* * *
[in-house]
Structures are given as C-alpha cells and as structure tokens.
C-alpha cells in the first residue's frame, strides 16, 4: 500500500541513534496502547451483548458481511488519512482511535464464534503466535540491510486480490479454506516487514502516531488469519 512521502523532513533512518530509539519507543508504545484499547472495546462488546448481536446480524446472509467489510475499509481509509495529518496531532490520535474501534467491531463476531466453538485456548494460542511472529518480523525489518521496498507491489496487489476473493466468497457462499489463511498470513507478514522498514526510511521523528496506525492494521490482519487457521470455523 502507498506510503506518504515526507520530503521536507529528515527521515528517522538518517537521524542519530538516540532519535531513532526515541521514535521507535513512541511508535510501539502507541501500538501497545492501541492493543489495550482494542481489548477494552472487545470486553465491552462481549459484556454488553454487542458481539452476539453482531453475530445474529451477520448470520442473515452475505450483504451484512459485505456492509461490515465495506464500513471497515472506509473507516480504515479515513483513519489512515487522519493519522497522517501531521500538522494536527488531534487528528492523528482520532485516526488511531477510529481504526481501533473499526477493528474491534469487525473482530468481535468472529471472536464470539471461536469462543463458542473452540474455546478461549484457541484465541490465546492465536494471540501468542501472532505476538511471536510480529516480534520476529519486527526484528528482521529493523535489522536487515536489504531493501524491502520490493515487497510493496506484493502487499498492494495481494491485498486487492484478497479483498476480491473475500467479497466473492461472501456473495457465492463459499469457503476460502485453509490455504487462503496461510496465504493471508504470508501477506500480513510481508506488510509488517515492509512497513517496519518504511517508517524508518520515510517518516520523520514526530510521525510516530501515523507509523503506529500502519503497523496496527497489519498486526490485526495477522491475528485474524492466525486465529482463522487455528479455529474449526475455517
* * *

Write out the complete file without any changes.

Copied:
[in-house]
Structures are given as C-alpha cells and as structure tokens.
C-alpha cells in the first residue's frame, strides 16, 4: 500500500541513534496502547451483548458481511488519512482511535464464534503466535540491510486480490479454506516487514502516531488469519 512521502523532513533512518530509539519507543508504545484499547472495546462488546448481536446480524446472509467489510475499509481509509495529518496531532490520535474501534467491531463476531466453538485456548494460542511472529518480523525489518521496498507491489496487489476473493466468497457462499489463511498470513507478514522498514526510511521523528496506525492494521490482519487457521470455523 502507498506510503506518504515526507520530503521536507529528515527521515528517522538518517537521524542519530538516540532519535531513532526515541521514535521507535513512541511508535510501539502507541501500538501497545492501541492493543489495550482494542481489548477494552472487545470486553465491552462481549459484556454488553454487542458481539452476539453482531453475530445474529451477520448470520442473515452475505450483504451484512459485505456492509461490515465495506464500513471497515472506509473507516480504515479515513483513519489512515487522519493519522497522517501531521500538522494536527488531534487528528492523528482520532485516526488511531477510529481504526481501533473499526477493528474491534469487525473482530468481535468472529471472536464470539471461536469462543463458542473452540474455546478461549484457541484465541490465546492465536494471540501468542501472532505476538511471536510480529516480534520476529519486527526484528528482521529493523535489522536487515536489504531493501524491502520490493515487497510493496506484493502487499498492494495481494491485498486487492484478497479483498476480491473475500467479497466473492461472501456473495457465492463459499469457503476460502485453509490455504487462503496461510496465504493471508504470508501477506500480513510481508506488510509488517515492509512497513517496519518504511517508517524508518520515510517518516520523520514526530510521525510516530501515523507509523503506529500502519503497523496496527497489519498486526490485526495477522491475528485474524492466525486465529482463522487455528479455529474449526475455517